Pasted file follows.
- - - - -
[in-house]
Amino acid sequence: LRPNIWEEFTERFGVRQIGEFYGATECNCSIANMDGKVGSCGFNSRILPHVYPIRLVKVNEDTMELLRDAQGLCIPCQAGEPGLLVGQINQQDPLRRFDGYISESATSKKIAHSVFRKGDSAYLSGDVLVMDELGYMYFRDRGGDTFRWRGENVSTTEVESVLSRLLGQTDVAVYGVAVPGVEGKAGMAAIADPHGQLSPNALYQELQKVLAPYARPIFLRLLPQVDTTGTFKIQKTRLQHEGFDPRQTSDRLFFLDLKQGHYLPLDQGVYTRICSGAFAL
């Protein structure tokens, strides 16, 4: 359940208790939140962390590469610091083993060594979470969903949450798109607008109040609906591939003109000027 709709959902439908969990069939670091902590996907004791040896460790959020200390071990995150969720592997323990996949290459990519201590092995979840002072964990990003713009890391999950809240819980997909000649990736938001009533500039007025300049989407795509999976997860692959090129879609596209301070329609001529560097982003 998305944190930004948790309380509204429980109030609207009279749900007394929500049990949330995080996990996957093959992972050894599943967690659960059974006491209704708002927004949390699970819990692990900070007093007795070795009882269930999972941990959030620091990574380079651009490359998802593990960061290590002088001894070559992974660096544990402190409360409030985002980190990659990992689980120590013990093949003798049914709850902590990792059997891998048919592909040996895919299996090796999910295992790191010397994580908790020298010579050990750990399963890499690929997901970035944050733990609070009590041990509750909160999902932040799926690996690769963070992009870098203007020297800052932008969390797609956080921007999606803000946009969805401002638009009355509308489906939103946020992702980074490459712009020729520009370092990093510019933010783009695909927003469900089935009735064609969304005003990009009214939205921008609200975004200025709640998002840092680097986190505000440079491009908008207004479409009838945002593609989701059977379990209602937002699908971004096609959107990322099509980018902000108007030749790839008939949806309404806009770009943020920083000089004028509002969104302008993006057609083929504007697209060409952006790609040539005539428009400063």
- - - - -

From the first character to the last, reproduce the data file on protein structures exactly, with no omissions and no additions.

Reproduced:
[in-house]
Amino acid sequence: LRPNIWEEFTERFGVRQIGEFYGATECNCSIANMDGKVGSCGFNSRILPHVYPIRLVKVNEDTMELLRDAQGLCIPCQAGEPGLLVGQINQQDPLRRFDGYISESATSKKIAHSVFRKGDSAYLSGDVLVMDELGYMYFRDRGGDTFRWRGENVSTTEVESVLSRLLGQTDVAVYGVAVPGVEGKAGMAAIADPHGQLSPNALYQELQKVLAPYARPIFLRLLPQVDTTGTFKIQKTRLQHEGFDPRQTSDRLFFLDLKQGHYLPLDQGVYTRICSGAFAL
């Protein structure tokens, strides 16, 4: 359940208790939140962390590469610091083993060594979470969903949450798109607008109040609906591939003109000027 709709959902439908969990069939670091902590996907004791040896460790959020200390071990995150969720592997323990996949290459990519201590092995979840002072964990990003713009890391999950809240819980997909000649990736938001009533500039007025300049989407795509999976997860692959090129879609596209301070329609001529560097982003 998305944190930004948790309380509204429980109030609207009279749900007394929500049990949330995080996990996957093959992972050894599943967690659960059974006491209704708002927004949390699970819990692990900070007093007795070795009882269930999972941990959030620091990574380079651009490359998802593990960061290590002088001894070559992974660096544990402190409360409030985002980190990659990992689980120590013990093949003798049914709850902590990792059997891998048919592909040996895919299996090796999910295992790191010397994580908790020298010579050990750990399963890499690929997901970035944050733990609070009590041990509750909160999902932040799926690996690769963070992009870098203007020297800052932008969390797609956080921007999606803000946009969805401002638009009355509308489906939103946020992702980074490459712009020729520009370092990093510019933010783009695909927003469900089935009735064609969304005003990009009214939205921008609200975004200025709640998002840092680097986190505000440079491009908008207004479409009838945002593609989701059977379990209602937002699908971004096609959107990322099509980018902000108007030749790839008939949806309404806009770009943020920083000089004028509002969104302008993006057609083929504007697209060409952006790609040539005539428009400063």